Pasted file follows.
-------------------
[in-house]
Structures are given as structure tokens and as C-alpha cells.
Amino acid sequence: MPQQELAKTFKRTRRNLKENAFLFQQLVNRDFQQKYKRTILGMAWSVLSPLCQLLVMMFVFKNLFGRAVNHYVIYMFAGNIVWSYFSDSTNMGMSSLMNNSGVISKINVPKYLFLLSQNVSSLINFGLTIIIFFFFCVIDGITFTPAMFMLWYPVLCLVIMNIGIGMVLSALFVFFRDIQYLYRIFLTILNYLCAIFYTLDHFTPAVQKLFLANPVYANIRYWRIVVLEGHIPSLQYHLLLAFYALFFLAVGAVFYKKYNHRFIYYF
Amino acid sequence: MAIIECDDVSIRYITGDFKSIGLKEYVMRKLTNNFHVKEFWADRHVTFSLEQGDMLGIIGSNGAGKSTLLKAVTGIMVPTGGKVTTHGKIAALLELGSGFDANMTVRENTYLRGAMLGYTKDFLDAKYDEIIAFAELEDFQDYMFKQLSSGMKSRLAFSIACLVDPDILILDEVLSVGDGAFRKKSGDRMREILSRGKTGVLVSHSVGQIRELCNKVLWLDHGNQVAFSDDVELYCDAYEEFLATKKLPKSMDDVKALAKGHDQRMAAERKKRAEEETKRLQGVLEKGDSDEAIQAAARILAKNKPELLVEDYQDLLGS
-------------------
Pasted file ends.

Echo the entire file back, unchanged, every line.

[in-house]
Structures are given as structure tokens and as C-alpha cells.
Amino acid sequence: MPQQELAKTFKRTRRNLKENAFLFQQLVNRDFQQKYKRTILGMAWSVLSPLCQLLVMMFVFKNLFGRAVNHYVIYMFAGNIVWSYFSDSTNMGMSSLMNNSGVISKINVPKYLFLLSQNVSSLINFGLTIIIFFFFCVIDGITFTPAMFMLWYPVLCLVIMNIGIGMVLSALFVFFRDIQYLYRIFLTILNYLCAIFYTLDHFTPAVQKLFLANPVYANIRYWRIVVLEGHIPSLQYHLLLAFYALFFLAVGAVFYKKYNHRFIYYF
Amino acid sequence: MAIIECDDVSIRYITGDFKSIGLKEYVMRKLTNNFHVKEFWADRHVTFSLEQGDMLGIIGSNGAGKSTLLKAVTGIMVPTGGKVTTHGKIAALLELGSGFDANMTVRENTYLRGAMLGYTKDFLDAKYDEIIAFAELEDFQDYMFKQLSSGMKSRLAFSIACLVDPDILILDEVLSVGDGAFRKKSGDRMREILSRGKTGVLVSHSVGQIRELCNKVLWLDHGNQVAFSDDVELYCDAYEEFLATKKLPKSMDDVKALAKGHDQRMAAERKKRAEEETKRLQGVLEKGDSDEAIQAAARILAKNKPELLVEDYQDLLGS